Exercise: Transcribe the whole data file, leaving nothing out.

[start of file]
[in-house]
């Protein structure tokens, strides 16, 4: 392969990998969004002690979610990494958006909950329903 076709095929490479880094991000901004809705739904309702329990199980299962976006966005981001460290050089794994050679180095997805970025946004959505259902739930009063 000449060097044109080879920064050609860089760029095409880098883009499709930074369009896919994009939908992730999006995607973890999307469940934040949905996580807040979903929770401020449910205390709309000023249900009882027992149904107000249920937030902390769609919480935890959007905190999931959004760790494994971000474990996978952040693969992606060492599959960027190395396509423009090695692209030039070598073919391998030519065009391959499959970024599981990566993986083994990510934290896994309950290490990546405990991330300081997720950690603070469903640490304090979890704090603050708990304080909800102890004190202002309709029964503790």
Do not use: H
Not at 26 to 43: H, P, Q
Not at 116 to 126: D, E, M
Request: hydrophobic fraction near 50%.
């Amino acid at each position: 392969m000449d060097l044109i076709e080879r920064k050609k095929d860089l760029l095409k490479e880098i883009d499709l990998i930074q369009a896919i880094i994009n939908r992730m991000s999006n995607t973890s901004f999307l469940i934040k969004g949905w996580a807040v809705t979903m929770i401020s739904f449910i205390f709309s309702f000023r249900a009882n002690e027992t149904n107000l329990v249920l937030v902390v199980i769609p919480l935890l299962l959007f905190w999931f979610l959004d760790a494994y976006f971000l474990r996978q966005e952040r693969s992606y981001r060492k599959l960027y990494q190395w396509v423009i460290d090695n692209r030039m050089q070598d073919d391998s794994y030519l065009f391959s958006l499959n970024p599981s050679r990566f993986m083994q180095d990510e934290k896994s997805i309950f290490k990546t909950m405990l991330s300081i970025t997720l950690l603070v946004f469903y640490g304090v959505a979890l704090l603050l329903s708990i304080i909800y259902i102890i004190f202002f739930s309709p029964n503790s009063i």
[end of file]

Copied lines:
[in-house]
């Protein structure tokens, strides 16, 4: 392969990998969004002690979610990494958006909950329903 076709095929490479880094991000901004809705739904309702329990199980299962976006966005981001460290050089794994050679180095997805970025946004959505259902739930009063 000449060097044109080879920064050609860089760029095409880098883009499709930074369009896919994009939908992730999006995607973890999307469940934040949905996580807040979903929770401020449910205390709309000023249900009882027992149904107000249920937030902390769609919480935890959007905190999931959004760790494994971000474990996978952040693969992606060492599959960027190395396509423009090695692209030039070598073919391998030519065009391959499959970024599981990566993986083994990510934290896994309950290490990546405990991330300081997720950690603070469903640490304090979890704090603050708990304080909800102890004190202002309709029964503790």
Do not use: H
Not at 26 to 43: H, P, Q
Not at 116 to 126: D, E, M
Request: hydrophobic fraction near 50%.
């Amino acid at each position: 392969m000449d060097l044109i076709e080879r920064k050609k095929d860089l760029l095409k490479e880098i883009d499709l990998i930074q369009a896919i880094i994009n939908r992730m991000s999006n995607t973890s901004f999307l469940i934040k969004g949905w996580a807040v809705t979903m929770i401020s739904f449910i205390f709309s309702f000023r249900a009882n002690e027992t149904n107000l329990v249920l937030v902390v199980i769609p919480l935890l299962l959007f905190w999931f979610l959004d760790a494994y976006f971000l474990r996978q966005e952040r693969s992606y981001r060492k599959l960027y990494q190395w396509v423009i460290d090695n692209r030039m050089q070598d073919d391998s794994y030519l065009f391959s958006l499959n970024p599981s050679r990566f993986m083994q180095d990510e934290k896994s997805i309950f290490k990546t909950m405990l991330s300081i970025t997720l950690l603070v946004f469903y640490g304090v959505a979890l704090l603050l329903s708990i304080i909800y259902i102890i004190f202002f739930s309709p029964n503790s009063i």